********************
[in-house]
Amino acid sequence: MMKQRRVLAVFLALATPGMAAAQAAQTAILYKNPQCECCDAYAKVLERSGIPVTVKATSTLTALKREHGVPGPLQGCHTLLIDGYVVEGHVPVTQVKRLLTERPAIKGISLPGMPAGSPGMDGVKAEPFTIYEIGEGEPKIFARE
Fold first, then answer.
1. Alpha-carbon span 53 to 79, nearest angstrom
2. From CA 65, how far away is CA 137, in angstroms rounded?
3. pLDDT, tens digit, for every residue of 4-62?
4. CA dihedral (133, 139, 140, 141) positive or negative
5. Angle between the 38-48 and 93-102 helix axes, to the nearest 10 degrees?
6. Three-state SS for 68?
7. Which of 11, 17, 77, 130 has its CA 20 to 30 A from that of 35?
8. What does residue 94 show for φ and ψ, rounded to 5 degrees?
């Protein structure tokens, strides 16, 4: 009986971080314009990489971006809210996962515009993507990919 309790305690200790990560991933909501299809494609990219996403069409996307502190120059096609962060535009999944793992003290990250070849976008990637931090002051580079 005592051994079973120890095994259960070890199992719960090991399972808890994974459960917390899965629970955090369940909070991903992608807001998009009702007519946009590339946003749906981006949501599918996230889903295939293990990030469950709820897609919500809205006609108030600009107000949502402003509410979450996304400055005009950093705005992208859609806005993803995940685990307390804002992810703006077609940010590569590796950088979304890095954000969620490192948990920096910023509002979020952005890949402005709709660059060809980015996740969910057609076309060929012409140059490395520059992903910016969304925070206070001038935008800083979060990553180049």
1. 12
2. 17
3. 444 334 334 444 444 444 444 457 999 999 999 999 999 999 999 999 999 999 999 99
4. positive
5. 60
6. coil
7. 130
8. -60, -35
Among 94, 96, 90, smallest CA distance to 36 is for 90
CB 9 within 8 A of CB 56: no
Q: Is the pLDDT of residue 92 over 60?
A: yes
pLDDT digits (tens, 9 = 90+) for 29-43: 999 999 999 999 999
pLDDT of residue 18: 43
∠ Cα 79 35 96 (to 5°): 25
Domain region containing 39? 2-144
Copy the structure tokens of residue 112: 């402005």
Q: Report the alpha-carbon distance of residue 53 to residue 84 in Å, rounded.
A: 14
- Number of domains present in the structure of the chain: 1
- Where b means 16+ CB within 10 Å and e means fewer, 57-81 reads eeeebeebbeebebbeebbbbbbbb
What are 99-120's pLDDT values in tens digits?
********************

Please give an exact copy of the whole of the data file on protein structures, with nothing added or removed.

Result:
[in-house]
Amino acid sequence: MMKQRRVLAVFLALATPGMAAAQAAQTAILYKNPQCECCDAYAKVLERSGIPVTVKATSTLTALKREHGVPGPLQGCHTLLIDGYVVEGHVPVTQVKRLLTERPAIKGISLPGMPAGSPGMDGVKAEPFTIYEIGEGEPKIFARE
Fold first, then answer.
1. Alpha-carbon span 53 to 79, nearest angstrom
2. From CA 65, how far away is CA 137, in angstroms rounded?
3. pLDDT, tens digit, for every residue of 4-62?
4. CA dihedral (133, 139, 140, 141) positive or negative
5. Angle between the 38-48 and 93-102 helix axes, to the nearest 10 degrees?
6. Three-state SS for 68?
7. Which of 11, 17, 77, 130 has its CA 20 to 30 A from that of 35?
8. What does residue 94 show for φ and ψ, rounded to 5 degrees?
């Protein structure tokens, strides 16, 4: 009986971080314009990489971006809210996962515009993507990919 309790305690200790990560991933909501299809494609990219996403069409996307502190120059096609962060535009999944793992003290990250070849976008990637931090002051580079 005592051994079973120890095994259960070890199992719960090991399972808890994974459960917390899965629970955090369940909070991903992608807001998009009702007519946009590339946003749906981006949501599918996230889903295939293990990030469950709820897609919500809205006609108030600009107000949502402003509410979450996304400055005009950093705005992208859609806005993803995940685990307390804002992810703006077609940010590569590796950088979304890095954000969620490192948990920096910023509002979020952005890949402005709709660059060809980015996740969910057609076309060929012409140059490395520059992903910016969304925070206070001038935008800083979060990553180049």
1. 12
2. 17
3. 444 334 334 444 444 444 444 457 999 999 999 999 999 999 999 999 999 999 999 99
4. positive
5. 60
6. coil
7. 130
8. -60, -35
Among 94, 96, 90, smallest CA distance to 36 is for 90
CB 9 within 8 A of CB 56: no
Q: Is the pLDDT of residue 92 over 60?
A: yes
pLDDT digits (tens, 9 = 90+) for 29-43: 999 999 999 999 999
pLDDT of residue 18: 43
∠ Cα 79 35 96 (to 5°): 25
Domain region containing 39? 2-144
Copy the structure tokens of residue 112: 């402005």
Q: Report the alpha-carbon distance of residue 53 to residue 84 in Å, rounded.
A: 14
- Number of domains present in the structure of the chain: 1
- Where b means 16+ CB within 10 Å and e means fewer, 57-81 reads eeeebeebbeebebbeebbbbbbbb
What are 99-120's pLDDT values in tens digits?